By Kevin Jiang
Living in Los Angeles, you are bound to see a celebrity or two walking around. I mean, Hollywood is the heart of the film industry and you can’t walk a block without seeing some sort of filming activity. Consequently, this summer I came upon an interesting opportunity to be a background actor.
To quickly explain, background actors , or “extras”, are all those silent people in TV shows or movies that walk around in the background, cheer in a crowd, fill a party, or sit in a café. Whether you notice them or not, these “extras” are an important part of filmmaking. They make the action on screen believable.
I only got into the background business a couple weeks ago, but I’ve already worked on multiple sets, from the long-running television staple NCIS, to tween programming on Nick and Disney, to a small unannounced feature film. The experience, besides teaching me EXTREME patience due to sitting and waiting for hours upon hours until needed on set, has also given me an appreciation for all the work and coordination that goes on behind the scenes of a TV show or film. I mean, you’ve all seen the credits that roll after a show or movie has ended and you’ve probably wondered, “Who are these people?” Being there on set and witnessing the intricate network of communication and the complicated set-ups for lights, sound, and camera, I fully comprehended the importance of each individual and their role in the crew.
To film a single scene, you’ve got your actors, of course, whose job it is to come prepared, but then there’s also the hair and make-up artists who must execute the vision of each character’s aesthetic, and the lighting and sound crews who are in charge of creating the perfect atmosphere and ensuring the sound quality, and the camera crew who needs to get the exact angle and camera movement. And, last but not least, you have the background actors who must get into place and know exactly what to do when the camera starts rolling. All together, it feels like organized chaos, like when musicians in an orchestra all tune their instruments at the same time. Of course, however dissonant the sound is while they prepare, the cacophony is immediately forgotten once the conductor raises his wand and leads the ensemble in melodic harmony.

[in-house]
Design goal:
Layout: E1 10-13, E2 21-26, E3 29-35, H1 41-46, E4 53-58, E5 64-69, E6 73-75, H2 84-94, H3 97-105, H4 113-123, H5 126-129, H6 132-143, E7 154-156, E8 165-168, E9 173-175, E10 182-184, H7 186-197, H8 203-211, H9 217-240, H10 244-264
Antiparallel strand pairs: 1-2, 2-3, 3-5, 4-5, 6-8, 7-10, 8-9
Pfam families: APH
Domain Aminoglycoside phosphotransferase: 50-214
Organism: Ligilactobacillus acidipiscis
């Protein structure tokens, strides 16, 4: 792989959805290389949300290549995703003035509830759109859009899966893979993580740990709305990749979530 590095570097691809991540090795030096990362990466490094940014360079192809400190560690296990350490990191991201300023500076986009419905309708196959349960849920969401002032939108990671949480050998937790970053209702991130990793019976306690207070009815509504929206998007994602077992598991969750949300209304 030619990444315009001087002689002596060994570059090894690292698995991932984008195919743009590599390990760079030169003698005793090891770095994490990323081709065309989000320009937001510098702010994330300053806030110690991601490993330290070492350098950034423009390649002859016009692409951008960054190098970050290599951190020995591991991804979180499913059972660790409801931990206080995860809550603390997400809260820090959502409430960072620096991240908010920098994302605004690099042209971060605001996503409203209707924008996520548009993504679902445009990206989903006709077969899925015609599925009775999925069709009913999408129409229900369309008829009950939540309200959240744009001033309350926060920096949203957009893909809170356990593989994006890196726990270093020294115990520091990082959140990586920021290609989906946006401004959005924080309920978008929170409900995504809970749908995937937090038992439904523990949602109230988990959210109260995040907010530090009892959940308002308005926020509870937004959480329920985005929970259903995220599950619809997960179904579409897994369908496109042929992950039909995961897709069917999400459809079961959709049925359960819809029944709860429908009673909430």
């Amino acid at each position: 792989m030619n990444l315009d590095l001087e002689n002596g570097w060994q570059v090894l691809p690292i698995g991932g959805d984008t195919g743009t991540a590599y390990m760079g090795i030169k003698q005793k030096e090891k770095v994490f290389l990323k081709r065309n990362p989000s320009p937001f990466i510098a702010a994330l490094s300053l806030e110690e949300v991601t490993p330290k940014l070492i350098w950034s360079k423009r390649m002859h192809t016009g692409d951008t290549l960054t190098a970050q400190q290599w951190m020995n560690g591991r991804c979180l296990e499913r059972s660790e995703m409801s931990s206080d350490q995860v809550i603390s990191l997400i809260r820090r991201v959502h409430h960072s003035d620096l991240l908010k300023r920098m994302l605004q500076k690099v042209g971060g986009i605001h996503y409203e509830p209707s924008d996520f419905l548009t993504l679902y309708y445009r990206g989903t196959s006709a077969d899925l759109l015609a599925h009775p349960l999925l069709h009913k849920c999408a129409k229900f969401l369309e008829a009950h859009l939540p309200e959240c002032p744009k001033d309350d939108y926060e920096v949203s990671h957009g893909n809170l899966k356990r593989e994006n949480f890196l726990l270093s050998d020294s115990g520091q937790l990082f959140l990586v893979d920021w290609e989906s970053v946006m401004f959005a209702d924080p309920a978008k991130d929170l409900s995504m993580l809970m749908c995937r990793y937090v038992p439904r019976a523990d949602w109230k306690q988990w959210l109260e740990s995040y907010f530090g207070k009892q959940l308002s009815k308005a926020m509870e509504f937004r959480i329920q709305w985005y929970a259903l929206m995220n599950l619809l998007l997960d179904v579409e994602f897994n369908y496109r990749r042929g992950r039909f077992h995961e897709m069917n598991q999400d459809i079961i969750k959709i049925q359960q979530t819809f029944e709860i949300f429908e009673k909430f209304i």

The conductor in this metaphor would be the director, who, in a release of artistic potential, calls “Action” and sets the magic of movies in motion. Of course, one “take”, or attempt at filming a particular scene, is quite rare. After filming each scene, small adjustments are made in lighting, actor intonation, or camera angles to achieve the director’s vision of perfection. The process can be tedious, but the final outcome is always worth it.
I’ve always been an avid Netflix binger (I’m sure it leans quite closely to obsession) but now, I watch shows differently. I notice the small details that often go overlooked, a shame because it is these subtleties that really lend depth to a masterpiece. Experiencing the process of filmmaking firsthand has given me a once latent, but now fully realized, appreciation of the art form known as cinema.
Featured image from Wikimedia Commons
Kevin is a sophomore studying Neuroscience, and is considering picking up a Computer Science minor. He is a born and raised San Diegan and loves the Southern Californian weather and atmosphere. As a swimmer and water polo player, as well as a frequent beach goer, he enjoys being near water. Kevin also enjoys modern art, cooking, but most importantly eating GOOD FOOD (Which LA has a ton of)! Like most people, Kevin enjoys traveling and experiencing the history and culture of other nations.